Exposure to bright light at night can cause obesity

People who are exposed to too much of bright light through smartphones, TV screens or room lights at night are more likely to become obese, a US study warns. The researchers used satellite images of night-time illumination around the globe and examined country-level data on the prevalence of obesity provided by the World Health organisation (WHO). When the researchers combine the two findings, they found that the risk of obesity was 250% higher in countries with the highest incidence of artificial light at night. Researchers feel bright light disrupts sleep which is linked to obesity, cardiovascular diseases and metabolic disruption. The study was published in the International Journal of Obesity .Read more here.

Brushing teeth regularly can slow Alzheimer’s

Brushing teeth regularly can slow down the growth of Alzheimer’s as brain decays faster in people suffering from gum disease, a UK study claims. Researchers from King’s College London and University of Southampton studied 59 people with mild to moderate dementia for six months. Their dental condition was also taken into account and it was found that in people with gum disease, brain declined six times faster compared to people with healthy teeth. Gum disease is common in elderly but becomes worse in people with poor oral hygiene. The study was published in the journal PLOS One. Read more here.

Fat found in collarbone and neck can keep sugar levels in check

People with more brown fat in their body are more likely to have steady blood sugar levels, an Australian study suggests. To examine the role of brown fat in blood glucose, researchers at Garvan Institute of Medical Research, Sydney, enlisted 15 healthy adults and kept them under watch for 12 hours. They found that people with more brown fat showed lowest fluctuations in blood sugar. Also known as brown adipose tissue, brown fat burns energy in high amounts, while white fat stores it. Brown fat is usually found in the collarbone and in the neck. It acts as a heat generator and helps keep the body warm by burning sugar and fat. The study was published in the journal Cell Metabolism. Read more here.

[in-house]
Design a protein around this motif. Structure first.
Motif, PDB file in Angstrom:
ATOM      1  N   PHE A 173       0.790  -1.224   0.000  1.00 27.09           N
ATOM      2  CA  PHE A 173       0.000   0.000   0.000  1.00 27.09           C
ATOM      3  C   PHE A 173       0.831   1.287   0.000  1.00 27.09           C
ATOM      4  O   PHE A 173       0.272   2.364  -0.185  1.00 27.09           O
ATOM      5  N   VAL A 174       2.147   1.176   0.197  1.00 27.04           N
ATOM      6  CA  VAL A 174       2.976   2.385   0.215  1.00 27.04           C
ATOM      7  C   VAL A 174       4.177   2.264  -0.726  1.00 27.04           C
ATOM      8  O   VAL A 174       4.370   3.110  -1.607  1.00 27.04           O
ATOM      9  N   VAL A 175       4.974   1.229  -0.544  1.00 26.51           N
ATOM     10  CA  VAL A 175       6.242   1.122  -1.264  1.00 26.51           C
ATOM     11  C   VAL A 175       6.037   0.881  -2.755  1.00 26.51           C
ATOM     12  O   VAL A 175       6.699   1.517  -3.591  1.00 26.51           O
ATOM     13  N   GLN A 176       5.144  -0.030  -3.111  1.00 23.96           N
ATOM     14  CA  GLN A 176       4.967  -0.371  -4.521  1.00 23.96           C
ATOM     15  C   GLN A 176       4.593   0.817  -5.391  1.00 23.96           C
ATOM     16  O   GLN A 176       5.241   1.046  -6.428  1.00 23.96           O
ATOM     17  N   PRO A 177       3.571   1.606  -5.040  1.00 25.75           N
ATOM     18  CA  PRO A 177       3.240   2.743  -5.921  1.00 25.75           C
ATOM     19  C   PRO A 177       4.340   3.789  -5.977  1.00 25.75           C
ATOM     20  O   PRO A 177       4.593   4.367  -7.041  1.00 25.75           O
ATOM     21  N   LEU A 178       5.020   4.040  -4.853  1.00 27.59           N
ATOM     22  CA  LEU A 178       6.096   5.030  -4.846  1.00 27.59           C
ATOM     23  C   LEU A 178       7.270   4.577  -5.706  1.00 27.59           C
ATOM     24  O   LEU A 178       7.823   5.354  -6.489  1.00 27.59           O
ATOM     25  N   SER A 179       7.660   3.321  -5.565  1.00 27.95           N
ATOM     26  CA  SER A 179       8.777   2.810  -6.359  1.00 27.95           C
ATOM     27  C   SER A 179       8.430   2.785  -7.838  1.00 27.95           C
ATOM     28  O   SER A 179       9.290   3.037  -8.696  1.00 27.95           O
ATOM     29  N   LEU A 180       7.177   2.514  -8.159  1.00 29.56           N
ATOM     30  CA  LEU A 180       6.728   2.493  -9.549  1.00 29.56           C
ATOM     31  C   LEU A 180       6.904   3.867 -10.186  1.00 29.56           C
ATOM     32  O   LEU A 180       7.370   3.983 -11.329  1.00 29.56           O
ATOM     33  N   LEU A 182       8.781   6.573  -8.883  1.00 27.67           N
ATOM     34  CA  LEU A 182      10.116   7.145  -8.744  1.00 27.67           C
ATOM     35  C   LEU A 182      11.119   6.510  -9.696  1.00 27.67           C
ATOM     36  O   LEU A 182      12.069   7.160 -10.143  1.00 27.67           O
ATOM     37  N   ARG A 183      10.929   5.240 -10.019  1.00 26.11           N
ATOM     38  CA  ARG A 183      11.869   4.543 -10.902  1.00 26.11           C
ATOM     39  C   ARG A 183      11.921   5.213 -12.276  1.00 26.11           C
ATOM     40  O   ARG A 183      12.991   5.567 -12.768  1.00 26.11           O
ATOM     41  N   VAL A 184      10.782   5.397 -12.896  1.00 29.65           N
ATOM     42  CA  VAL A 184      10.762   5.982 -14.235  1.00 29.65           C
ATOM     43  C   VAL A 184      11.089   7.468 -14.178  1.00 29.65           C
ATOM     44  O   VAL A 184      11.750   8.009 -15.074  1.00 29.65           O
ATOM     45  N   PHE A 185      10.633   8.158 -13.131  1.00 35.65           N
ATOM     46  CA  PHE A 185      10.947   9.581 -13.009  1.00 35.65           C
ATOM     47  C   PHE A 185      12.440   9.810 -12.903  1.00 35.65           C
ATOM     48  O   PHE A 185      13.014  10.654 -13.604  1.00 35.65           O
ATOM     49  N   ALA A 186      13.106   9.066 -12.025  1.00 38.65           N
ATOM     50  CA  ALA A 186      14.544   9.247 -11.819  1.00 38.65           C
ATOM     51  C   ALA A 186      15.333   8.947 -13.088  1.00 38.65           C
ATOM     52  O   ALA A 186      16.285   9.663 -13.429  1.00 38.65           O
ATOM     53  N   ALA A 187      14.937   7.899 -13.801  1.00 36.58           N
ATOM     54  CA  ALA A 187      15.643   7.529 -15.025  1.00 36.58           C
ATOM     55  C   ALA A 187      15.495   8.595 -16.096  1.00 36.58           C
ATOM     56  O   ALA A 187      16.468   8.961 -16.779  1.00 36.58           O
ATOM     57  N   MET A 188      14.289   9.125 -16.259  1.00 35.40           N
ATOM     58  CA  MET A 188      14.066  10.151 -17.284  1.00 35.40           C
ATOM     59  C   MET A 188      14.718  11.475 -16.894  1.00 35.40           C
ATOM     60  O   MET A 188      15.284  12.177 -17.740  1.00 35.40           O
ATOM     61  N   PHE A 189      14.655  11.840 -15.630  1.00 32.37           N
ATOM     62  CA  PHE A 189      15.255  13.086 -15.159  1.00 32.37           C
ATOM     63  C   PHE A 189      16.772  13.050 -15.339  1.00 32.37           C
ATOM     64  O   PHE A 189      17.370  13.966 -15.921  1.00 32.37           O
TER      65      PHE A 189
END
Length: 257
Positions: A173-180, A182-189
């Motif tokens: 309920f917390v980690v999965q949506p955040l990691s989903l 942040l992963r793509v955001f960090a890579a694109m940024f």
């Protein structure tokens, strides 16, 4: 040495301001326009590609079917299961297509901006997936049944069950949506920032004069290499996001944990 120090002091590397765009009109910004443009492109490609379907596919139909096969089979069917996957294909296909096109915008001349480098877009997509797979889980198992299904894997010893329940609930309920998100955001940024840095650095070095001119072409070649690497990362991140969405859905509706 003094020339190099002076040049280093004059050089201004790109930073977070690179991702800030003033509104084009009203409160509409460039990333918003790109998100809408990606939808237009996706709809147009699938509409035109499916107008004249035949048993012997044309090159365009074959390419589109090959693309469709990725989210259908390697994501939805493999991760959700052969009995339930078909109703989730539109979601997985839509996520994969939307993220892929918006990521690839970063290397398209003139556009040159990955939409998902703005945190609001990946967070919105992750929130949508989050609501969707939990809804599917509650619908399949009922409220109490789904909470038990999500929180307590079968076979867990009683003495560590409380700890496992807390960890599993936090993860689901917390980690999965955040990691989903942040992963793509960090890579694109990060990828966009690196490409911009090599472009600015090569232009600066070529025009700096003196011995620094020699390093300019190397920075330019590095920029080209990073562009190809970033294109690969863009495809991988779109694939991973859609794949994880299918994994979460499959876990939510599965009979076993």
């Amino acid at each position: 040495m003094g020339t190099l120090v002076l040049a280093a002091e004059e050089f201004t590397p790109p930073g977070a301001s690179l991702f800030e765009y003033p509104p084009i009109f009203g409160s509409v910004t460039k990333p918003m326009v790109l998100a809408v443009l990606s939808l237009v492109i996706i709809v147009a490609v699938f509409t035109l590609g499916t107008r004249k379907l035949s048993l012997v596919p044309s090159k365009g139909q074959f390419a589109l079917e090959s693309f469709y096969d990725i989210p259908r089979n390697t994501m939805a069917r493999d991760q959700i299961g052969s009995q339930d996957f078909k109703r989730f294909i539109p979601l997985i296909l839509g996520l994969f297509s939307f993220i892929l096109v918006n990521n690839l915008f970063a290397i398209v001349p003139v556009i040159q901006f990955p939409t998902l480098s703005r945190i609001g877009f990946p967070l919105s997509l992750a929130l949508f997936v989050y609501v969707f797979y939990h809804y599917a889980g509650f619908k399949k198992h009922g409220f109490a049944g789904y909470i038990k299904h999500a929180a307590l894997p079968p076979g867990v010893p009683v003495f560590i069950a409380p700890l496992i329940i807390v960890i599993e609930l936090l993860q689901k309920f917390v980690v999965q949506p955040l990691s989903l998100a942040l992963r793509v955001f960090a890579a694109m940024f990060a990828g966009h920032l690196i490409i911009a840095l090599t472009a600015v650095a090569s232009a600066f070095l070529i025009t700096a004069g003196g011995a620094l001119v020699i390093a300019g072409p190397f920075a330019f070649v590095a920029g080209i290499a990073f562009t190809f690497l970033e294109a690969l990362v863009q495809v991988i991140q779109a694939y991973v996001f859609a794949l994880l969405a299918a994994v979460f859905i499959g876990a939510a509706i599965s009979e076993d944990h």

Lead exposure can cause obesity

Exposure to lead during early childhood can alter the gut microbes and increase the risk of obesity in adulthood, a US study warns. Researchers from the University of Michigan carried out a study where they administered lead to female mice right from the breeding period to nursing their young. The offspring were raised without any new exposure to lead. When they were tested for acquired lead effects, it was found that the offspring was 11% bigger in size compared to mice that were not exposed to lead early in life. Read more here.

Women leave hospitals too soon after childbirth

Mothers around the world are being discharged too early from hospitals after giving birth, a UK study suggests. The study points out that the World Health Organization (WHO) recommends that women should stay in the hospital for at least 24 hours after a normal delivery. Researchers from London School of Hygiene and Tropical Medicine examined hospital discharge records of pregnancy in 92 countries and found that 83% of mothers leave the hospital in less than 24 hours after child birth. Staying for at least 24 hours is important to ensure the mother is not bleeding and the baby is not jaundiced. The study was published in the journal PLOS Medicine. Read more here.

Compiled by Abhijit Ahaskar

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